· bringing a derivative action under the Companies Act 2006, where a shareholder brings a claim on behalf of the investee company against the directors for their negligence, default, or breach of duty or trust. In this respect, the duties of directors are also enshrined in the Companies Act 2006 and accompanying case law.
8) Is warranty and indemnity insurance common in your jurisdiction? Are there any legal or practical challenges associated with obtaining such insurance?
Warranty and indemnity insurance has become increasingly prevalent on M&A transactions in the UK, with minimum premiums falling to capture smaller transactions. Consideration as to its use may be particularly relevant in transactions where venture capital funds are seeking an exit (given that such investors will, most likely, not give warranties to buyers).
Warranty and Indemnity Insurance will therefore tend to be a feature on exits that involve a venture capital investor selling shareholder (as opposed to being a feature of the initial investment).
The need for the insurer to review due diligence reports for the buying entity and transaction documents (typically the sale and purchase agreement, and the disclosure letter) should be considered in the transaction timetable. As a minimum guideline, a two-week period is generally required in order to put in place such a policy.
It should also be noted that W&I insurance will typically not cover all liability under the sale and purchase agreement – matters disclosed by the warrantors in the disclosure letter and warranties relating to tax and pensions, for example, will most likely not be covered. W&I insurance is therefore not a substitute for a complete due diligence, disclosure exercise, and negotiation with regards to the warranties.
9) What are common exit mechanisms adopted in venture capital transactions, and what, if any, are the risks or challenges associated with such exits?
With respect to exit mechanisms from successful investee companies, the most commonly utilized in the UK are IPOs or a sale (either by way of a trade sale or a buyout by a private equity firm focused on later stage majority acquisitions).
There are a number of common risks associated with trade sales and buyouts. In particular, there is a risk that management time and external cost is expended trying to complete a transaction which ultimately does not proceed. Further, there is a risk when undertaking a trade sale that during the sale process competitors could access sensitive information which, if the transaction aborts (and notwithstanding that confidentiality arrangements have been entered into), will have been disclosed.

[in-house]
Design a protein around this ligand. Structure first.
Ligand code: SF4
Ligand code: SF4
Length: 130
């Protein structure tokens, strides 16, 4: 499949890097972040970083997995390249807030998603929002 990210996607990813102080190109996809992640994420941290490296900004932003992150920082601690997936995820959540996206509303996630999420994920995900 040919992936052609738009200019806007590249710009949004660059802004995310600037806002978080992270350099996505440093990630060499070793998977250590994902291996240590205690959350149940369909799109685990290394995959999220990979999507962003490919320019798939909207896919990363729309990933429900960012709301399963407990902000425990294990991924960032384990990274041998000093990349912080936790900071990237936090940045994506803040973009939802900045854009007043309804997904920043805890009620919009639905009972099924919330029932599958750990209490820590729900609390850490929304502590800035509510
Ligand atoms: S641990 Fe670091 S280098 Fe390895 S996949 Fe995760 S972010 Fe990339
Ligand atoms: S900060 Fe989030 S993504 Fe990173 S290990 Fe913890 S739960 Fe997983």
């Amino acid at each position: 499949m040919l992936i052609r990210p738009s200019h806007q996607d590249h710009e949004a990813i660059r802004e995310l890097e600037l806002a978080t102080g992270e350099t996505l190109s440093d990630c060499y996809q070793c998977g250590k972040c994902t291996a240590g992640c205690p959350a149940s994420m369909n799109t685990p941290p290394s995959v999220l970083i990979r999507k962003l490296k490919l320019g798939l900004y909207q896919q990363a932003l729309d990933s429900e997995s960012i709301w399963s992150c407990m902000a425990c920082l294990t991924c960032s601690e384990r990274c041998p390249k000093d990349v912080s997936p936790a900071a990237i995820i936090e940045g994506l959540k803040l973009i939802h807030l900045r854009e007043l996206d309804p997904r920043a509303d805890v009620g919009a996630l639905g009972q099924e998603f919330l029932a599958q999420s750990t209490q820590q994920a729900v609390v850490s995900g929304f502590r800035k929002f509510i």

Some of the challenges specific to IPOs are explored below.
10) Do investors typically opt for a public market exit via an IPO? Are there any specific public market challenges that need to be addressed?
The options available to companies seeking an IPO, if such a listing occurs in the UK, are premium, standard, or high growth segments of the Main Market of the London Stock Exchange (each with their own regulatory regime) or more likely, the Alternative Investment Market (AIM). AIM is London Stock Exchange's market for smaller, growing companies.
Venture capital-backed IPOs are less likely to occur than exit by way of a trade sale or a buyout, but do occur. While an IPO gives credibility to a company and raises the public profile of the investee company, IPOs are a comparatively risky route to exit, being affected by prevailing market conditions and taking significant management time and effort, even in the event that initial marketing of the investee company shares does not result in sufficient interest to proceed to an IPO.
Shareholders of companies which exit through an IPO are often required to enter into lock in agreements, whereupon it is agreed that they shall not sell their shares for a set period of time.
Want to Learn More?
The objective of this publication is to serve as a Q&A-style multi-jurisdictional guide to venture capital law in countries where WLG member firms have offices. The guide intends to provide a high level overview of the venture capital market, including key sectors, preferred investment structures, regulatory approval requirements, limitations on acquisition of control in portfolio companies, restrictions on investment, investor protection, and exits; and hopes to provide readers the benefit of the shared global knowledge and local insights among the WLG member firms.